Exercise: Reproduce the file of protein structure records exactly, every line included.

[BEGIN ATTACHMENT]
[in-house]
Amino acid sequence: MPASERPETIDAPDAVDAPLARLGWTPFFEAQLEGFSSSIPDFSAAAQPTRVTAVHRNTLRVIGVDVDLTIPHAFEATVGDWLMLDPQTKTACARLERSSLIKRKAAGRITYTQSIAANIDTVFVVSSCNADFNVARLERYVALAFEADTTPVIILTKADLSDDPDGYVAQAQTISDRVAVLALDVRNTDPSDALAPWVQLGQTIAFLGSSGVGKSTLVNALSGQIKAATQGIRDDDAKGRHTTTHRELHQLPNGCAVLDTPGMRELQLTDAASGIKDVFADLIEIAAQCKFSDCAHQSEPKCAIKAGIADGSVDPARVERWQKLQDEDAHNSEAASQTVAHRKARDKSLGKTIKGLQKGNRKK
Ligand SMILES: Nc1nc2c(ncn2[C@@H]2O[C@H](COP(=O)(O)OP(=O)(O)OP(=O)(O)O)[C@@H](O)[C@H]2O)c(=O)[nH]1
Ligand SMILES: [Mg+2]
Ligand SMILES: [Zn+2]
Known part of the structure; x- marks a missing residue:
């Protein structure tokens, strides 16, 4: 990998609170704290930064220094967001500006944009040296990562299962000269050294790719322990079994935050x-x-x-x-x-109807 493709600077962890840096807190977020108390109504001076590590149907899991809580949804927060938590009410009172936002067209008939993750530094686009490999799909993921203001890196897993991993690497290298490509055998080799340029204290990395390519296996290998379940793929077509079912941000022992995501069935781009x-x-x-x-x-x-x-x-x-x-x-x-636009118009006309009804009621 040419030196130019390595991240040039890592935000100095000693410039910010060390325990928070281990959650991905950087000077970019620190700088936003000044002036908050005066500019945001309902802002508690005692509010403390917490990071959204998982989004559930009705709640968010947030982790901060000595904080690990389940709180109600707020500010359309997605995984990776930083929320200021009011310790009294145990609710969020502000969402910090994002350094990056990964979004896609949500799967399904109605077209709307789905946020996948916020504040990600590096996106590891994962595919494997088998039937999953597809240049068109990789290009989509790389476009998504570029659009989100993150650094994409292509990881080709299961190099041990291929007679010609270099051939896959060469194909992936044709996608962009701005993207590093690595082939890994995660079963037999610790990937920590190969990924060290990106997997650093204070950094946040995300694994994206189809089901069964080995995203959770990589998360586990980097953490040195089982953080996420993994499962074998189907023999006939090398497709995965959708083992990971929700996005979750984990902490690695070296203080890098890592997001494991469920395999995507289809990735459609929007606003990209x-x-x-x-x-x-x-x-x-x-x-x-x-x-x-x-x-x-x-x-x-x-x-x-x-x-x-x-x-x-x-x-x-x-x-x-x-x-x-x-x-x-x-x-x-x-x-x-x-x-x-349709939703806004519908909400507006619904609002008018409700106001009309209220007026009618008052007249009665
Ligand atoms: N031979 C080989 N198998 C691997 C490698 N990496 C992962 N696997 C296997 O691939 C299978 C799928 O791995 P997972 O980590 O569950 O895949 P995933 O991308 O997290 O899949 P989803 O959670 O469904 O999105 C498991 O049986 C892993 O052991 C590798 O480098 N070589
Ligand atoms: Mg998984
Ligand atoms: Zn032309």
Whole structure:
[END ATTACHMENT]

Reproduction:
[in-house]
Amino acid sequence: MPASERPETIDAPDAVDAPLARLGWTPFFEAQLEGFSSSIPDFSAAAQPTRVTAVHRNTLRVIGVDVDLTIPHAFEATVGDWLMLDPQTKTACARLERSSLIKRKAAGRITYTQSIAANIDTVFVVSSCNADFNVARLERYVALAFEADTTPVIILTKADLSDDPDGYVAQAQTISDRVAVLALDVRNTDPSDALAPWVQLGQTIAFLGSSGVGKSTLVNALSGQIKAATQGIRDDDAKGRHTTTHRELHQLPNGCAVLDTPGMRELQLTDAASGIKDVFADLIEIAAQCKFSDCAHQSEPKCAIKAGIADGSVDPARVERWQKLQDEDAHNSEAASQTVAHRKARDKSLGKTIKGLQKGNRKK
Ligand SMILES: Nc1nc2c(ncn2[C@@H]2O[C@H](COP(=O)(O)OP(=O)(O)OP(=O)(O)O)[C@@H](O)[C@H]2O)c(=O)[nH]1
Ligand SMILES: [Mg+2]
Ligand SMILES: [Zn+2]
Known part of the structure; x- marks a missing residue:
């Protein structure tokens, strides 16, 4: 990998609170704290930064220094967001500006944009040296990562299962000269050294790719322990079994935050x-x-x-x-x-109807 493709600077962890840096807190977020108390109504001076590590149907899991809580949804927060938590009410009172936002067209008939993750530094686009490999799909993921203001890196897993991993690497290298490509055998080799340029204290990395390519296996290998379940793929077509079912941000022992995501069935781009x-x-x-x-x-x-x-x-x-x-x-x-636009118009006309009804009621 040419030196130019390595991240040039890592935000100095000693410039910010060390325990928070281990959650991905950087000077970019620190700088936003000044002036908050005066500019945001309902802002508690005692509010403390917490990071959204998982989004559930009705709640968010947030982790901060000595904080690990389940709180109600707020500010359309997605995984990776930083929320200021009011310790009294145990609710969020502000969402910090994002350094990056990964979004896609949500799967399904109605077209709307789905946020996948916020504040990600590096996106590891994962595919494997088998039937999953597809240049068109990789290009989509790389476009998504570029659009989100993150650094994409292509990881080709299961190099041990291929007679010609270099051939896959060469194909992936044709996608962009701005993207590093690595082939890994995660079963037999610790990937920590190969990924060290990106997997650093204070950094946040995300694994994206189809089901069964080995995203959770990589998360586990980097953490040195089982953080996420993994499962074998189907023999006939090398497709995965959708083992990971929700996005979750984990902490690695070296203080890098890592997001494991469920395999995507289809990735459609929007606003990209x-x-x-x-x-x-x-x-x-x-x-x-x-x-x-x-x-x-x-x-x-x-x-x-x-x-x-x-x-x-x-x-x-x-x-x-x-x-x-x-x-x-x-x-x-x-x-x-x-x-x-349709939703806004519908909400507006619904609002008018409700106001009309209220007026009618008052007249009665
Ligand atoms: N031979 C080989 N198998 C691997 C490698 N990496 C992962 N696997 C296997 O691939 C299978 C799928 O791995 P997972 O980590 O569950 O895949 P995933 O991308 O997290 O899949 P989803 O959670 O469904 O999105 C498991 O049986 C892993 O052991 C590798 O480098 N070589
Ligand atoms: Mg998984
Ligand atoms: Zn032309």
Whole structure: